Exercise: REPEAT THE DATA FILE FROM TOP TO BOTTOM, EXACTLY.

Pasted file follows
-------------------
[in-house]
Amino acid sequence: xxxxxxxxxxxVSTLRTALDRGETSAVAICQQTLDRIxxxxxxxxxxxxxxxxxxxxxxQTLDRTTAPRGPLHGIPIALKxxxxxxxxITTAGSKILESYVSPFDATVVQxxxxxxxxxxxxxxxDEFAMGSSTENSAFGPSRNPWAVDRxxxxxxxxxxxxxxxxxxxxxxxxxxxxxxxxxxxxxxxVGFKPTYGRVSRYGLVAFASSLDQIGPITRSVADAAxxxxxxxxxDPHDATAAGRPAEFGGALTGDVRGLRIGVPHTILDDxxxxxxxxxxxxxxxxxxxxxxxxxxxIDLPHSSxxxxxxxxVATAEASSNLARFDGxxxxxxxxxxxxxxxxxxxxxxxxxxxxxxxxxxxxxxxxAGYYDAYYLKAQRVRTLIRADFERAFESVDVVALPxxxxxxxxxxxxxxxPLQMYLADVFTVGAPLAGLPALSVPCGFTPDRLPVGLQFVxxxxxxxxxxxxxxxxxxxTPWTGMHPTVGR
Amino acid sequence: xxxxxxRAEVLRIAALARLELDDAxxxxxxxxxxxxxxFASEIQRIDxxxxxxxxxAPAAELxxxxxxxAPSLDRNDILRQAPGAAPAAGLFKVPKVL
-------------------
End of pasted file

[in-house]
Amino acid sequence: xxxxxxxxxxxVSTLRTALDRGETSAVAICQQTLDRIxxxxxxxxxxxxxxxxxxxxxxQTLDRTTAPRGPLHGIPIALKxxxxxxxxITTAGSKILESYVSPFDATVVQxxxxxxxxxxxxxxxDEFAMGSSTENSAFGPSRNPWAVDRxxxxxxxxxxxxxxxxxxxxxxxxxxxxxxxxxxxxxxxVGFKPTYGRVSRYGLVAFASSLDQIGPITRSVADAAxxxxxxxxxDPHDATAAGRPAEFGGALTGDVRGLRIGVPHTILDDxxxxxxxxxxxxxxxxxxxxxxxxxxxIDLPHSSxxxxxxxxVATAEASSNLARFDGxxxxxxxxxxxxxxxxxxxxxxxxxxxxxxxxxxxxxxxxAGYYDAYYLKAQRVRTLIRADFERAFESVDVVALPxxxxxxxxxxxxxxxPLQMYLADVFTVGAPLAGLPALSVPCGFTPDRLPVGLQFVxxxxxxxxxxxxxxxxxxxTPWTGMHPTVGR
Amino acid sequence: xxxxxxRAEVLRIAALARLELDDAxxxxxxxxxxxxxxFASEIQRIDxxxxxxxxxAPAAELxxxxxxxAPSLDRNDILRQAPGAAPAAGLFKVPKVL